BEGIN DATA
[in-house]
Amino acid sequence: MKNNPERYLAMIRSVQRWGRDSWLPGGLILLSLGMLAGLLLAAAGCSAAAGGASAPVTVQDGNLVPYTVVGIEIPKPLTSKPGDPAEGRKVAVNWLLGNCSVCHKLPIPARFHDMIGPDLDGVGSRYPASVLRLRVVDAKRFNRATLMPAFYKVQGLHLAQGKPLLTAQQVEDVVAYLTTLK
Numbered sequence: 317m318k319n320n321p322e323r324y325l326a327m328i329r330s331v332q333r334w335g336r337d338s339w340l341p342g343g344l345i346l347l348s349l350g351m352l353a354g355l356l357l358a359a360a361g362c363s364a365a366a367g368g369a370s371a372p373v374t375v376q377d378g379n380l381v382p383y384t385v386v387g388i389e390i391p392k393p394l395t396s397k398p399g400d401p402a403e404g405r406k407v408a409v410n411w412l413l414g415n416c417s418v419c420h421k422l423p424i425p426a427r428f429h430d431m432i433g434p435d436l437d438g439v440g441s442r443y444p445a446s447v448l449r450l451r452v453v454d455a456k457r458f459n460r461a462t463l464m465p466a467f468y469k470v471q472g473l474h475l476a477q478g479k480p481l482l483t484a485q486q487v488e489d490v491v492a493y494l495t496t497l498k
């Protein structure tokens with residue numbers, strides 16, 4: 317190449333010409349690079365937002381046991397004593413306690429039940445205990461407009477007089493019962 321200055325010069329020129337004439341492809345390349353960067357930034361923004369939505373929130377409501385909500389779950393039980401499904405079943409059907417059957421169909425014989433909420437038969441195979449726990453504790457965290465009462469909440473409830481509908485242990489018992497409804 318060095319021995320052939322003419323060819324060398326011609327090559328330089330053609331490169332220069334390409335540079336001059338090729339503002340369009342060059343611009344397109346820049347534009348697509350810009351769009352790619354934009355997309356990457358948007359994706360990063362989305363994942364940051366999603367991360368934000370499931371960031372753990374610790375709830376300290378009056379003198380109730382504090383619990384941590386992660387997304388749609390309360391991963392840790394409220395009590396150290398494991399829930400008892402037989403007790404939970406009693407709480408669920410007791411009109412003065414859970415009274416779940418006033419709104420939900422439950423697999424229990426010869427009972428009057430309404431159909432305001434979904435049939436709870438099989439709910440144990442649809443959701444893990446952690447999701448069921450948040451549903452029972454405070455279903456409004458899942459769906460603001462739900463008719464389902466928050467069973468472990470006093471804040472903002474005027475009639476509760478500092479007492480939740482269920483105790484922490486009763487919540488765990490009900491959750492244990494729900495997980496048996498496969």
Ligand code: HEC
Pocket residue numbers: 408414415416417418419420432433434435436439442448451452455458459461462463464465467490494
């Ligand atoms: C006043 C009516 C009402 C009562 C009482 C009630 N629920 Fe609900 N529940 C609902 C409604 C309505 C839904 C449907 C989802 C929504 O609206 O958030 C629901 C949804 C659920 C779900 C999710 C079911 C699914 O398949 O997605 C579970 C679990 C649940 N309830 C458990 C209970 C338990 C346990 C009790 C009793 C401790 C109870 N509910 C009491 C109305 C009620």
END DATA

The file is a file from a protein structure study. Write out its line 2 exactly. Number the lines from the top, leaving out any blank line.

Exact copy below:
Amino acid sequence: MKNNPERYLAMIRSVQRWGRDSWLPGGLILLSLGMLAGLLLAAAGCSAAAGGASAPVTVQDGNLVPYTVVGIEIPKPLTSKPGDPAEGRKVAVNWLLGNCSVCHKLPIPARFHDMIGPDLDGVGSRYPASVLRLRVVDAKRFNRATLMPAFYKVQGLHLAQGKPLLTAQQVEDVVAYLTTLK